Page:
Opening of the First Drive-in Theater Celebrated With Google DoodleBy: Chris Crum - June 6, 2012
Google is celebrating the opening of the first drive-in theater with a new doodle on its homepage. When you click the play button, the show begins.
The doodle comes with some appropriate sound effects and video (including an Android dashboard figure, a monster movie and the intermission screen). The only thing missing is a couple making out, though a girl does put an arm around her boyfriend. It ends with a popcorn tub that says, “Google”.
Google has uploaded the video to YouTube if you want to just watch it here:
When you click the doodle, Google shows you “The history of the drive-in theater” as the top result. It’s an Inventors page on About.com, which gives us a lesson on this classic form of entertainment:
Richard Hollingshead was a young sales manager at his dad’s Whiz Auto Products, who had a hankering to invent something that combined his two interests: cars and movies.
Richard Hollingshead’s vision was an open-air movie theater where moviegoers could watch from their own cars. He experimented in his own driveway at 212 Thomas Avenue, Camden, New Jersey. The inventor mounted a 1928 Kodak projector on the hood of his car, projected onto a screen he had nailed to trees in his backyard, and used a radio placed behind the screen for sound.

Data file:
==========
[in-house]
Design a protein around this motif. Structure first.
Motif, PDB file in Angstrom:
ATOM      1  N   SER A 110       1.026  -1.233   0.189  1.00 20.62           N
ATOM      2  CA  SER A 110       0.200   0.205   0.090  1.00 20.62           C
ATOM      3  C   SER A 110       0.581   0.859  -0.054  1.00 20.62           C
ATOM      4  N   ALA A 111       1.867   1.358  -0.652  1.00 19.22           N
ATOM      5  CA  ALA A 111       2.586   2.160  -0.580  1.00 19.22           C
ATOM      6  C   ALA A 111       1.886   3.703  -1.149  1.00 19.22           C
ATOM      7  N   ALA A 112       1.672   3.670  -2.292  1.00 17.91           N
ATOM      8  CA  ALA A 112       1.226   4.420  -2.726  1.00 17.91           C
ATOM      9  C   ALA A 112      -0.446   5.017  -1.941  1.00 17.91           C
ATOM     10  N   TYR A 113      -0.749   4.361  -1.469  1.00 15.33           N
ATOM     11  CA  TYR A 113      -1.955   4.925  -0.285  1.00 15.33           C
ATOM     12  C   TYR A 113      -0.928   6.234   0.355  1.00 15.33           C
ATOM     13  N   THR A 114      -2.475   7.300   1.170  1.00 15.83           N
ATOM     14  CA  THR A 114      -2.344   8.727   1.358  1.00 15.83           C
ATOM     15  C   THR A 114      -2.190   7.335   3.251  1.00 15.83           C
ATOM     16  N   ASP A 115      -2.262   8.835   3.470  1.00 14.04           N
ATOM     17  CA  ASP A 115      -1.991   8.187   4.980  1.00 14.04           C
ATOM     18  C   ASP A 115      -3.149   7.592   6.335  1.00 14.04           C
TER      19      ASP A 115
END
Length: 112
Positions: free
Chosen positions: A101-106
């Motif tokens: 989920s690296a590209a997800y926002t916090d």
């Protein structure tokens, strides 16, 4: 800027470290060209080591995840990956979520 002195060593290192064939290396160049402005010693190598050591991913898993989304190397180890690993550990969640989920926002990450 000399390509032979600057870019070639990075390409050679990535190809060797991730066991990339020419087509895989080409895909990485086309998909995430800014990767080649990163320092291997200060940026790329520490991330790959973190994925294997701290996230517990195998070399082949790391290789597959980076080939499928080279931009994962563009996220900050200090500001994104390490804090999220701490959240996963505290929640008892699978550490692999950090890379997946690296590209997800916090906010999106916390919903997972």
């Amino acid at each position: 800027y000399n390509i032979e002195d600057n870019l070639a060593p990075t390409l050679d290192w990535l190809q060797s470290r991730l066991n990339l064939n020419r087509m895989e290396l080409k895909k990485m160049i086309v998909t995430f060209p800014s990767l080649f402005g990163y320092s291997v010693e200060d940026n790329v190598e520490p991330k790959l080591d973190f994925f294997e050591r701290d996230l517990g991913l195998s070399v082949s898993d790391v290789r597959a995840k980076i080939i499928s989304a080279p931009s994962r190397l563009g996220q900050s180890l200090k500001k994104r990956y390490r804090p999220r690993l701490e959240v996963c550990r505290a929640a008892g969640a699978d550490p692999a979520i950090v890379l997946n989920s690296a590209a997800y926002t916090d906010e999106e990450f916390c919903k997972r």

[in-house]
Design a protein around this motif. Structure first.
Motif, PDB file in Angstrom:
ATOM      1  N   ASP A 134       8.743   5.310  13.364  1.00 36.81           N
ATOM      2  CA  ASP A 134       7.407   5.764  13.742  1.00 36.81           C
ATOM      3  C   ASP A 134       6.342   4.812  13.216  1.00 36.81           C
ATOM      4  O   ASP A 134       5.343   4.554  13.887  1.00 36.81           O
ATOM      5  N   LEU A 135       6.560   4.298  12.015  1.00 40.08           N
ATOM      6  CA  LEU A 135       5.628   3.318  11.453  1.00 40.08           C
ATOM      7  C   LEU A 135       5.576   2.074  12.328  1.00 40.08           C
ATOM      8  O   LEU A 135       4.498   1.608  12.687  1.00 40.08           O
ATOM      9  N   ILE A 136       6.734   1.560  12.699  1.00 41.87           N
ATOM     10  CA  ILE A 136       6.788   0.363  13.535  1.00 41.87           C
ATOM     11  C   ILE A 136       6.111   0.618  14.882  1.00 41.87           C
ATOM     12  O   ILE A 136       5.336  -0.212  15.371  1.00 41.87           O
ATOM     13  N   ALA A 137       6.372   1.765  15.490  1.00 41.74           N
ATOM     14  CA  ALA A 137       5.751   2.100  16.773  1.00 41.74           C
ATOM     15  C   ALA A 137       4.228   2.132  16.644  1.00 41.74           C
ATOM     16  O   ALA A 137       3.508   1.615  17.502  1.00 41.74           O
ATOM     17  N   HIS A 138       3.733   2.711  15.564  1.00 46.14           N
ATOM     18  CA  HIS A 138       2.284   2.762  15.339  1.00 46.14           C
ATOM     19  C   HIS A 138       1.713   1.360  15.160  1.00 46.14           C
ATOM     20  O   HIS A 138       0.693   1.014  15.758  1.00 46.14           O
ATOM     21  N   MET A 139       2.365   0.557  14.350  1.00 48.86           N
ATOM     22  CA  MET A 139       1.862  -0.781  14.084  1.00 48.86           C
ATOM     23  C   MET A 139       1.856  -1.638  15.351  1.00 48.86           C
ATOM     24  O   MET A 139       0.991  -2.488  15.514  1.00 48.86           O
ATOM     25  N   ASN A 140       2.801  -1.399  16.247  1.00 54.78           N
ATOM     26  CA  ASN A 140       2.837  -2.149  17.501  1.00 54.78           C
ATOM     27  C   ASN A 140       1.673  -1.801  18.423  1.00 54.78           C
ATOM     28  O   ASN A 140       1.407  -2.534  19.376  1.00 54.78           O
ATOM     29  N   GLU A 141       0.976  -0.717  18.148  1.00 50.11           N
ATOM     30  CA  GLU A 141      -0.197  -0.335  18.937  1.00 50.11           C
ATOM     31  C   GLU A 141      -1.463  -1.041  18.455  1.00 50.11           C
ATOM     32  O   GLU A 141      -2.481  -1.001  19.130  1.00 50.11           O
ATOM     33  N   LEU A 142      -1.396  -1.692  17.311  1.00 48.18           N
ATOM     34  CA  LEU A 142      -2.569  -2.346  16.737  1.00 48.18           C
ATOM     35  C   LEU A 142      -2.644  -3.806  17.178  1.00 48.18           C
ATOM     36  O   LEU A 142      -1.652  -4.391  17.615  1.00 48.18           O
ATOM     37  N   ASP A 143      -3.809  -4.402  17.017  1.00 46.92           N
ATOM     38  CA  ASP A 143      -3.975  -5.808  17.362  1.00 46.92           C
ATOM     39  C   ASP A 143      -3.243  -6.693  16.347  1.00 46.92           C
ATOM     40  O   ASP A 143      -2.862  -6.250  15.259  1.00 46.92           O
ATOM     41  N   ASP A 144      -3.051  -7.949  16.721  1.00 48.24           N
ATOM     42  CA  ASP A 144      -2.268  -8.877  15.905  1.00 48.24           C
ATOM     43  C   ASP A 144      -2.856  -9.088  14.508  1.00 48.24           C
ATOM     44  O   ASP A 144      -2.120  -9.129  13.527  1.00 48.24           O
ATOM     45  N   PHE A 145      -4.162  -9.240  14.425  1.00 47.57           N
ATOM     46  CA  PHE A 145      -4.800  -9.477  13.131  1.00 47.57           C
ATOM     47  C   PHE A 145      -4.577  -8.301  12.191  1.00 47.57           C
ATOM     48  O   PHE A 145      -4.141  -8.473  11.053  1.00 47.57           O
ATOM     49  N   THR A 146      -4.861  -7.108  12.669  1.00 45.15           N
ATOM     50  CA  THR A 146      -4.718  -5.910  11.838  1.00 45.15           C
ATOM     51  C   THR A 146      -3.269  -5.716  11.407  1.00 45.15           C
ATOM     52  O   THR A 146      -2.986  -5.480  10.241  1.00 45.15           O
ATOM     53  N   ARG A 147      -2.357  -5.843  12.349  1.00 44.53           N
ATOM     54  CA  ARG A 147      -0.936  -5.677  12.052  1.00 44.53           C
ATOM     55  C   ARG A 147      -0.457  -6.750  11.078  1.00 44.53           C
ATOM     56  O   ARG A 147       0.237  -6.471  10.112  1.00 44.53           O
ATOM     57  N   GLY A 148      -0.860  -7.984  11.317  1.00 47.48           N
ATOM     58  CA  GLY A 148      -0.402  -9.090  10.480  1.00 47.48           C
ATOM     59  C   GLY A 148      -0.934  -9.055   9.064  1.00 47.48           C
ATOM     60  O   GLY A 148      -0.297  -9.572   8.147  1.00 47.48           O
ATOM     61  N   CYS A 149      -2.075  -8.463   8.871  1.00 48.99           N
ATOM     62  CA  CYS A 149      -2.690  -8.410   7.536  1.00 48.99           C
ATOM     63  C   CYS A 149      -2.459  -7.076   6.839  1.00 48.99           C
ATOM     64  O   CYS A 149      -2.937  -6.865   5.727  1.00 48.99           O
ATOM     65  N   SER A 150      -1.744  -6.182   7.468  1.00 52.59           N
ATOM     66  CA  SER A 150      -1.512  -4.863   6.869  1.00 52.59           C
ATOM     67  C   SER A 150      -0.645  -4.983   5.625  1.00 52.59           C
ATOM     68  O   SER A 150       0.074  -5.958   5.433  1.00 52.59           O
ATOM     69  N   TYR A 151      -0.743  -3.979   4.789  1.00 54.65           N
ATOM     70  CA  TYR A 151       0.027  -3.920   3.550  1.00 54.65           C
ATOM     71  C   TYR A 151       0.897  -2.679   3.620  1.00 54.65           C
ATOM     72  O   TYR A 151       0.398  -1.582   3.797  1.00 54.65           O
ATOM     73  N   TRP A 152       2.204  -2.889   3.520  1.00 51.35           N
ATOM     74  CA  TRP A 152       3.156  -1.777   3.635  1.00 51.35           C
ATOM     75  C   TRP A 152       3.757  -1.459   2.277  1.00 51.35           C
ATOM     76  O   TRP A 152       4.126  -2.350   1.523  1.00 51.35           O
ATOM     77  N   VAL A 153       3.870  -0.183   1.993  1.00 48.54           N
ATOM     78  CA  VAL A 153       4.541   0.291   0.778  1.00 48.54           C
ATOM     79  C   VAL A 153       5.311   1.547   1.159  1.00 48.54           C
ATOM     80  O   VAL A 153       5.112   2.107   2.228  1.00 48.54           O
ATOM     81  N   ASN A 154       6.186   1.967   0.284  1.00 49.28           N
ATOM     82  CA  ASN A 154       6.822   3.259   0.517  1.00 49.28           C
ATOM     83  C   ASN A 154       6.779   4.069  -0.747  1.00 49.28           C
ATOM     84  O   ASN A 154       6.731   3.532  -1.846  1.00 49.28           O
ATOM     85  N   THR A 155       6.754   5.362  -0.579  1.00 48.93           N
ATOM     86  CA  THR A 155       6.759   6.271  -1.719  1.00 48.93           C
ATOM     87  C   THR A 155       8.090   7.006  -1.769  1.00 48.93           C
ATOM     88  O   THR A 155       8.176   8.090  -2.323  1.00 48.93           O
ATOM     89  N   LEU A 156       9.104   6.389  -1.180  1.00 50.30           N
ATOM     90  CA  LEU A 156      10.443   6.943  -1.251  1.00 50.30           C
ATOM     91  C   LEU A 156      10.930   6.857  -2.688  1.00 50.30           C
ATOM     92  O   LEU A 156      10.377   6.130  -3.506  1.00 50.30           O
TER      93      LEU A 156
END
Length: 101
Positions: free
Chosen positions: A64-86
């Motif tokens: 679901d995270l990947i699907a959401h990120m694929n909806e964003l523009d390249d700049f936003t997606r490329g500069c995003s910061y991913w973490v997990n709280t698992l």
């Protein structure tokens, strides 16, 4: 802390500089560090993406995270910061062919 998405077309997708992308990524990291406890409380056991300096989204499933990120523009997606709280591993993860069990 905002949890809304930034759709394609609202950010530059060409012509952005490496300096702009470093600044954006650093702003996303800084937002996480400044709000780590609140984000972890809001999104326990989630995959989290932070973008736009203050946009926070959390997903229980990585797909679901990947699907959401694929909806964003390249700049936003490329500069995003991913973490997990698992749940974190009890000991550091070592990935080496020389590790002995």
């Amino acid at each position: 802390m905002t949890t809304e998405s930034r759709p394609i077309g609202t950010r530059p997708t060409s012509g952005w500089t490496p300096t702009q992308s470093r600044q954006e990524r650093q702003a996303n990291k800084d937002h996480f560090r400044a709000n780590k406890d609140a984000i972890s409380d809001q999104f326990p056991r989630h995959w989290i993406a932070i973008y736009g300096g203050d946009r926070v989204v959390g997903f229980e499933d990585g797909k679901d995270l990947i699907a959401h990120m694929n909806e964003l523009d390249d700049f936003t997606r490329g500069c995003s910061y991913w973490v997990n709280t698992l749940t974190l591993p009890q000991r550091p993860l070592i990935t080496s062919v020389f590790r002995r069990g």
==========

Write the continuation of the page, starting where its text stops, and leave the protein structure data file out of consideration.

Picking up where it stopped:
According to this account of the drive-in theater’s history, the drive-in opened on Tuesday June 6, 1933 on Crescent Boulevard, Camden, New Jersey, and it cost 25 cents for the car and 25 cents per person to get in.
Update: Google is now showing a Wikipedia result over the About.com result. This result says: “Hollingshead’s drive-in opened in New Jersey, June 6, 1933, on Admiral Wilson Boulevard at the Airport Circle in Pennsauken, a short distance from Cooper River Park.” It cites The New York Times as the source of this info.
As Barry Schwartz at Search Engine Roundtable points out, some people are complaining that Google chose to go with this doodle instead of a D Day Google, as today is also the anniversary of that.
Google is also plugging IPv6 (the next version of the Internet) from the homepage. Google released the following video about it this week: